CMS investigating Florida hospital where surgeons left needle in baby's heart

CMS has opened an investigation into St. Petersburg, Fla.-based Johns Hopkins All Children's Hospital days after the state's healthcare agency cited the hospital for not reporting two medical errors in which needles were left in patients' hearts after surgery, according to the Tampa Bay Times.

Here are five things to know about CMS' investigation into the St. Petersburg hospital.

1. A CMS spokesperson told the Tampa Bay Times the review aims to ensure the hospital is following all federal health regulations. The agency contracts with the Florida Agency for Health Care Administration to conduct inspections. The publication reports state officials typically perform a quality assurance and performance improvement review, which aims to confirm hospitals are operating at acceptable standards to receive federal reimbursement.

2. In an email to the Tampa Bay Times, Johns Hopkins All Children's said the institution has been "transparent" with regulators.

"Patient safety and providing the highest quality care are foundational to our mission and the manner in which we care for children. We work closely with local and federal regulatory agencies and will continue to collaborate in the interest of our patients and their families, who are always our number one priority," the hospital said.

3. Federal and state regulators began investigating the hospital after a Tampa Bay Times investigation in April revealed a needle was found in 3-day-old Katelynn Whipple's heart during a follow-up visit to the hospital after she underwent heart surgery in 2016. However, the surgeon who operated on the child told her parents the needle did not exist. Ten days later, Katelynn's parents took her to a different hospital for emergency surgery unrelated to the needle. The surgeon operating on the child reportedly discovered the needle 30 minutes into the operation.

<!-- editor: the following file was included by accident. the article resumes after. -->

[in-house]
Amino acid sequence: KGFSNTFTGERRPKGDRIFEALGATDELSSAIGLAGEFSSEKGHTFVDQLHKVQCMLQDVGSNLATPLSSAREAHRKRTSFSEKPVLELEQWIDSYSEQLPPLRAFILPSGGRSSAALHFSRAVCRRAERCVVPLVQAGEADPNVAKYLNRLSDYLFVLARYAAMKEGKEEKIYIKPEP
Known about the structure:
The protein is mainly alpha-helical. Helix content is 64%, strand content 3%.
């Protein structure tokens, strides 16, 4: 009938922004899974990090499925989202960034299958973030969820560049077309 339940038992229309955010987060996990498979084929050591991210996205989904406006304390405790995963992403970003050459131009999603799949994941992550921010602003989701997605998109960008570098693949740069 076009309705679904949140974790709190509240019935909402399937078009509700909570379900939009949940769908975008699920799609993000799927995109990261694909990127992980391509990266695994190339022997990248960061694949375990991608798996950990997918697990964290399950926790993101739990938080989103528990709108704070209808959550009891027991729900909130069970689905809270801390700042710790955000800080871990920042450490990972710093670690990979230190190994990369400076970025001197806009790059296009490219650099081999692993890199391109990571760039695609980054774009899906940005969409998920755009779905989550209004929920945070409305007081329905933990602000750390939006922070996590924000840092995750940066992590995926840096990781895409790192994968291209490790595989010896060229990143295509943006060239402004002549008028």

4. In April, hospital leaders told the publication surgical needles had been left behind in two patients since 2016. Jonathan Ellen, MD, president, CEO and physician-in-chief of Johns Hopkins All Children's, said at the time the hospital has since performed fewer heart surgeries and is referring complicated cases to other hospitals, according to the report. Dr. Ellen also confirmed one of the hospital's three heart surgeons, Tom Karl, MD, is not operating at this time. Medical records obtained by the Tampa Bay Times indicate Dr. Karl was involved in Katelynn's surgery.

5. The AHCA told the Tampa Bay Times Johns Hopkins All Children's was due for a review, but the agency decided to accelerate its investigation into the hospital after learning of the two needle incidents, according to the report. The results of the April investigation, released May 15 and obtained by the Tampa Bay Times, cited the hospital for not reporting the two "adverse incidents" within 15 days as required by law. The hospital also violated state law by not disclosing the incident to the patient or a patient representative.

AHCA shared the results of its investigation with CMS, who proceeded to ask for a wider review of the hospital's operations, the report states.

To access the Tampa Bay Times report, click here.

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